Palace Also Bribes Reporters
Yesterday, as friends from GMA 7 radio DzBB were discussing about bribery in the Palace, I sent them this text: ``Giving of bribe is nothing new in the Palace, it was done by almost all administrations. The only difference is that now we have a Pampanga Gov. Eddie Panlilio admitting to it. It also helped that many those who received only P200,000 felt insulted enough that they did not receive P500,000 as the others did. The ones who received less then went out to media to settle score with the Palace.’’
Colleagues Arnold Clavio, Ali Sotto and Orly Trinidad were gracious enough to read my text during their radio show at ``Double A Sa Double B’’ and they even made fun out of the fact that someone made ``kapkong’’ or skimmed the P300,000 so that many got only P200,000.
About an hour later, DzBB’s Malacaňang reporter Nimfa Ravelo then quoted DENR Secretary Joselito Atienza as admitting that giving of cash gifts amounting to P100,000 to P200,000 in the Palace is a normal thing.
That news brought a smile to my face, content with the thought that I know my Palace well, having covered it during the tumultuous period leading to the ouster of President Estrada and the exciting (or so we thought) days of the new administration under President Arroyo.
My knowledge of the Palace stemmed from the fact that I too was offered bribe in its hallowed halls. This gives me a rather a first-hand and personal experience of the Palace’s bribery machine.
The bribery incident happened in the height of the impeachment trial of ousted President Estrada and the bribe-giver was a former press official and who is now a staff of Interior Secretary Ronaldo Puno.
Although the official concerned was not very close to me, I was surprised by his invitation to go to the new Palace Press Office to point out the place I was to occupy. This was around the time that I wrote in the Inquirer that the Estrada Administration was reported to have shelled out around P300 million to the media to paint the former President in a good light.
After inspecting the place, he then handed me a brown envelope saying it contained press material and he then asked me to help give Mr. Estrada good publicity. I said I have been fair to Mr. Estrada and that he did not have to ask that of me. Then he handed me the envelope.
It was good that my exposure to wads of money as a used car dealer with outlets in EDSA,
So, without opening the envelope, I told the Palace official: ``If this contains money with P1,000 denominations, it would amount to about P15,000 to P20,000, if it contains bills of P500, it would amount to P30-40,000.’’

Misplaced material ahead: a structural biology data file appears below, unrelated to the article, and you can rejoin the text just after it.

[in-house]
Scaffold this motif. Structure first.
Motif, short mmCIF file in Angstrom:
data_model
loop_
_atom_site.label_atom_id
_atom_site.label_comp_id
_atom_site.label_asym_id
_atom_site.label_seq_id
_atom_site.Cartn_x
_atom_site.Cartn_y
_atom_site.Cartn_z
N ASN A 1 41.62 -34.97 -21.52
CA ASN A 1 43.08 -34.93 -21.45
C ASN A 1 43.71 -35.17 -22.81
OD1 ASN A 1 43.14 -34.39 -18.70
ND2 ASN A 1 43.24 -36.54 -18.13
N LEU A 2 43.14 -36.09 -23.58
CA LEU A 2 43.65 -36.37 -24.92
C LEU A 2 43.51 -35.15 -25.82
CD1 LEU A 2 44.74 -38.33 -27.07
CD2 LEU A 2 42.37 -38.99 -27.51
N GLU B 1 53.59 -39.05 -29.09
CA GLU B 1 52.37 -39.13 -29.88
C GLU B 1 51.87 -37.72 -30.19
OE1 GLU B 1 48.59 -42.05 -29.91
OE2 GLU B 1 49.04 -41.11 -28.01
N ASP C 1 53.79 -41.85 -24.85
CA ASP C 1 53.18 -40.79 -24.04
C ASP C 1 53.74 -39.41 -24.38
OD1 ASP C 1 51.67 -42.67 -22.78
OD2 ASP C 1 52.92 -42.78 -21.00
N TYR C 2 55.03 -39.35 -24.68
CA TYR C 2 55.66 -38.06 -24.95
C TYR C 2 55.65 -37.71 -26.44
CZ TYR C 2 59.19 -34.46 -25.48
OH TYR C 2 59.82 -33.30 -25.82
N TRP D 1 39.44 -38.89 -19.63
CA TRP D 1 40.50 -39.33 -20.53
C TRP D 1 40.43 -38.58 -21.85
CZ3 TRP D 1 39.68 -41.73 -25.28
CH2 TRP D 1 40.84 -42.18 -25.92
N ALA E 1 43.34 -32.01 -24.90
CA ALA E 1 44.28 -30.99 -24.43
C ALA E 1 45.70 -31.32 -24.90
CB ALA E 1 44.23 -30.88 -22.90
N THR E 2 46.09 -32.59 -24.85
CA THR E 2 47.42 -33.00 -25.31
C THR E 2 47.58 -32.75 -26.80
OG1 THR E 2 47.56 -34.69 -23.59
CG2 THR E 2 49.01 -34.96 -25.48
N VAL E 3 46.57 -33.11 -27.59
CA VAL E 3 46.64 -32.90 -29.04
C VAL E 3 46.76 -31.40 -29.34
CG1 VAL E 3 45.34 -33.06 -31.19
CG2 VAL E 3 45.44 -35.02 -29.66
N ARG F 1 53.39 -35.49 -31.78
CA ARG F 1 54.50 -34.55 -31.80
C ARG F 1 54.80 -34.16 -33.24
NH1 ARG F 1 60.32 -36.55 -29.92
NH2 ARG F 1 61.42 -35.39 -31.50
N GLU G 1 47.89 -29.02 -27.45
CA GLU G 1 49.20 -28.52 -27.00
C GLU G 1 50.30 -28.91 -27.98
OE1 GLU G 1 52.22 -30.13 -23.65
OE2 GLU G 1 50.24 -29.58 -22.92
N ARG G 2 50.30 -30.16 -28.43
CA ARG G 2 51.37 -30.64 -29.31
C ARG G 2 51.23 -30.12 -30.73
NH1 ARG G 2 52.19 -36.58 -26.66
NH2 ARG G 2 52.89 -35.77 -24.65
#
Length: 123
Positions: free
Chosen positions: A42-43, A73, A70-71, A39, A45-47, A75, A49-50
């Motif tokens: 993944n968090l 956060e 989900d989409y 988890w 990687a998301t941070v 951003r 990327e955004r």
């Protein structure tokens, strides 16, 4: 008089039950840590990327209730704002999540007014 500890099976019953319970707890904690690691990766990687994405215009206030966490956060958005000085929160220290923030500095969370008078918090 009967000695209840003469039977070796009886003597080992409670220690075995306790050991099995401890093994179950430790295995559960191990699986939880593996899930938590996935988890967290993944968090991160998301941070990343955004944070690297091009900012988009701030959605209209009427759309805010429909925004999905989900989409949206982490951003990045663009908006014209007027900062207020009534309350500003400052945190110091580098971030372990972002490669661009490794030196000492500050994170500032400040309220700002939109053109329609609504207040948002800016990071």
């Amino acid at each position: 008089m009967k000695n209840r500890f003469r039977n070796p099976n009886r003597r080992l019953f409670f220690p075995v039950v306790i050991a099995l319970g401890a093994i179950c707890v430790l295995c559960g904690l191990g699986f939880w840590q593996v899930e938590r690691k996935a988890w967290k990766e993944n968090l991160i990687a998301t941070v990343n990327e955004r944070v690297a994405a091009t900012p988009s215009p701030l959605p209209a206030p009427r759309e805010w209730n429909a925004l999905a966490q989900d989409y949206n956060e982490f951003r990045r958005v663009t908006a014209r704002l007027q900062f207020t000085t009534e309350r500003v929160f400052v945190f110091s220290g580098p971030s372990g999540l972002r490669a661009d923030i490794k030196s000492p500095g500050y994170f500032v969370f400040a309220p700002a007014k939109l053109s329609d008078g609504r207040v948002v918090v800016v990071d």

Surprised, he gave me an impish smile and said: ``Yes, it contains P30,000 and you can have that amount weekly if you tone down your attack on the President (Estrada).’’
But I politely told him that I would have to think things over and returned the whole envelope to him. Later, I realized returning it was a big, big mistake.
After the incident, I immediately called up then Inquirer desk person Stella Gonzalez to break to her the news and you can imagine her shock upon hearing it. I said I planned to get the money back and expose it to show that there was truth in my scoop about the P300-million payola for the media.
Ms Gonzalez said that that was a good thing to do but she would have to call Inquirer Editor-In-Chief Letty Jimenez-Magsanoc about it. I was later told that Ms. Magsanoc then referred the matter to former Inquirer resident Ombudsman Raul Palabrica to study the implication of the PDI becoming embroiled in the payola controversy.
But calling the PDI by phone was a big mistake. In my excitement about the whole thing, I used the Palace telephone lines even if months before, I have written a story about how the Presidential Security Group was bugging the President.
Before I got a feedback from the Inquirer, the Palace official – visibly irked – called me to say that the deal was off.
So there went my shot to fame and immortality. I was already then imagining my self presenting the money and envelope to then Press Secretary and Palace Spokesperson Ricardo Puno during the regular Palace press conference called in the day. I was imagining myself being hailed a hero as Panlilio is praised for now. I would have also been called to the impeachment trial to say my piece.
It was decided that without the money as a ``body of evidence,’’ there was no use of even writing the payola story. It was also feared that doing so would only open the Inquirer to criticisms that the paper allowed itself to be used by the dirty tricks group of then Vice President Arroyo and the anti-Estrada forces.
But looking back and seeing how the Arroyo Administration turned out to be, I am happy to realize that I did not help put this new administration in power by my bribery scandal expose.
I have not attained fame, but my conscience is clean.